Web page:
“How She Got Her Name” is captivating, as Boosie crafts the narrative of the ‘bad girl,’ hence explaining, “how she got her name.” “Kicking Clouds” is both literal and metaphorical. While Boosie literally “kicks clouds” by smoking weed, the metaphorical reference is he could care less about his haters, hence the “Middle finger to your world, if you ain’t my kind.” Penultimate record “Hands Up” centers around the famous (or infamous) police command, referencing Michael Brown and Ferguson, Missouri. Boosie becomes the latest rapper to mention police injustice towards blacks. “I’m Sorry” concludes Touch Down 2 Cause Hell and needs no explanation: it’s Boosie’s apology for screwing up.

Overall, Touch Down 2 Cause Hell is a well-rounded affair. The biggest quibble is the length, which is exhaustive and uncharacteristic clocking in at 19 tracks shy of 75 minutes. Still, the good outweighs the mediocre by a mile and Boosie is honest throughout the effort, which allows for listeners to connect to him. All in all, it’s all good.

Favorites: “Window of My Eyes,” “Mercy on My Soul,” “Like a Man,” “No Juice,” “Black Heaven,” “She Don’t Love Me,” “How She Got Her Name”  


Yelawolf, Love Story © Interscope

Review: Yelawolf Delivers An Eclectic Effort With ‘Love Story’

Yelawolf, Love Story © Interscope

Yelawolf • Love Story • Interscope • US Release Date: April 21, 2015

It’s no shock that Alabaman rapper Yelawolf’s first major label tanked. If it wasn’t known, Yelawolf makes listeners aware: “One, my last record flopped / two, it wasn’t my time.” Whether 2015 is Yelawolf’s time, only time and sales will tell. Regardless, if Yelawolf was aiming for a commercial album, Love Story isn’t it. Instead, Love Story is an eclectic effort with some truly enticing moments. Arguably none of them seem prime candidates to ‘breakthrough,’ but with commercial aspirations set aside, Yelawolf has made an album that’s easily worthy of partaking.

Throughout its course, Yelawolf poses himself as something of a southern hip-hop cowboy, hence including elements of rock, singer/songwriter fare, and country. This characterization separates Yelawolf from the multitude, not to mention executive producer Eminem. “Outer Space” kicks things off with a bang, capturing the listener’s attention with its ample profanity and unique production. “Change” is equally alluring; as the majority of the record is sung before Yelawolf explodes with fiery rhymes. From the get-go, Yela is on another planet, and to quote Jack Nicholson via Mars Attacks, “Ain’t that ain’t bad!”

“American You” is a lovely record and like everything else, quite unexpected. Even though there’s little that’s hip-hop about this joint for the majority, within Love Story early on, it’s the most accessible, infectious song – it’s no surprise it’s a single.   If “American You” is too pop-centric, the rock-fueled production of “Whiskey In A Bottle” – not to mention aggressive, unapologetic rhymes by Yelawolf – will definitely tickle your fancy.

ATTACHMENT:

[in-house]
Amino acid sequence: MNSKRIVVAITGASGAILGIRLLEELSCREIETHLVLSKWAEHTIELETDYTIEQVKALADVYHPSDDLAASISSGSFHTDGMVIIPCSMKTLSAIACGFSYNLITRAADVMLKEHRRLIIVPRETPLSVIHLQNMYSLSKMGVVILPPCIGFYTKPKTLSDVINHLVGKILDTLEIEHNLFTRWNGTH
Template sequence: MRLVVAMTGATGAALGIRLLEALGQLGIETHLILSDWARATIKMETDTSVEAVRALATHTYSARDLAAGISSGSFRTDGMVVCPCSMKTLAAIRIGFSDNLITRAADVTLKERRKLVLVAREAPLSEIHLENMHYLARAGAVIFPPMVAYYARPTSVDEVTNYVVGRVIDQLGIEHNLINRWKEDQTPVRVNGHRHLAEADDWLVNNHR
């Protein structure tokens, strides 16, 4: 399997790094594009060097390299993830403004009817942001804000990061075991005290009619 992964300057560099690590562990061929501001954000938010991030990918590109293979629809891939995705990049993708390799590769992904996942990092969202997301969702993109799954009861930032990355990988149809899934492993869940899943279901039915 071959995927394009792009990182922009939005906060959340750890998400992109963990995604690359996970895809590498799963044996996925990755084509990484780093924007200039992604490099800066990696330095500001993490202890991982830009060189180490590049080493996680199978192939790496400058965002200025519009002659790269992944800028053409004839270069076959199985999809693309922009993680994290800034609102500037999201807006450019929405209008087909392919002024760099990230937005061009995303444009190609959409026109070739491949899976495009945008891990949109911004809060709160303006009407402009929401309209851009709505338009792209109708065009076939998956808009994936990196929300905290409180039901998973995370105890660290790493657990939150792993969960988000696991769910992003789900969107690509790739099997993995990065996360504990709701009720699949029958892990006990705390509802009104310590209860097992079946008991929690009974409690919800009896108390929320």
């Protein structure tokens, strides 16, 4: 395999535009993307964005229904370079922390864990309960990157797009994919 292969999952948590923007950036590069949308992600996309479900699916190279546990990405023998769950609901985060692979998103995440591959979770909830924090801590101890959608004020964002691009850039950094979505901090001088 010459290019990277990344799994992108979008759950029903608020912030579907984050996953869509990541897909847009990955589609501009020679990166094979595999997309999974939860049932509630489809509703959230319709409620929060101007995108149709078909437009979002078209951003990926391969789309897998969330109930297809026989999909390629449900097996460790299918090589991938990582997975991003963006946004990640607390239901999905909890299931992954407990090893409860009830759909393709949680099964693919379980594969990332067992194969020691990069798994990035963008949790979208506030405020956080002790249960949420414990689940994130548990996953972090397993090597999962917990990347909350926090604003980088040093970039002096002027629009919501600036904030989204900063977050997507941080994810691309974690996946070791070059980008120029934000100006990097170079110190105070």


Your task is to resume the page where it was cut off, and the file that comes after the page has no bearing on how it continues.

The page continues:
Following the soulful balladry of interlude “Ball And Chain,” “Till It’s Gone” benefits from driving, southern production and Yelawolf’s pointed, agile rhymes. As great as he spits the verses, he also sounds terrific singing the memorable hook, “Ain’t much I can do but I do what I can / But I’m not a fool, there’s no need to pretend / just because you got yourself in some s**t / it doesn’t mean I have to come deal with it.” “Devil in My Veins” comes off as an old school country/folk ballad, rivaling say “The House of The Rising Sun” for a comparison point. Should it work? Maybe not, but given Yelawolf’s strong ties with the south and a compelling singing voice, it does.

If “Devil” was too far left of center, the triumphant “Best Friend” atones for all improprieties. Yelawolf’s unique tone of voice is perfect for this introspective, spiritual song and adding a razor sharp Eminem only makes things better. Certainly a hard act to follow, “Empty Bottles” doesn’t do too shabby. However, “Heartbreak” one-ups, with its gospel-infused, soulful production and Yelawolf’s frank raps. “Heartbreak” has a similar vibe to “Whiskey In A Bottle” and “Best Friend” – it ranks among the best.

On “Tennessee Love,” Yelawolf shows his romantic side, hence contrasting the edgier, heart wrenching “Heartbreak.” “I’d never let someone straight up disrespect you / I’d never let someone call you out your name…” – in other words, Yelawolf is going to hold her – Fefe Dobson down. Need more proof – “Can I put this ring on your finger? Let you know that I’m serious, marry me now.” After falling in “Tennessee Love,” Yelawolf raps about his Chevy on “Box Chevy V” – it wouldn’t be the first time. Sure, it’s tried and true, but he makes it appealing.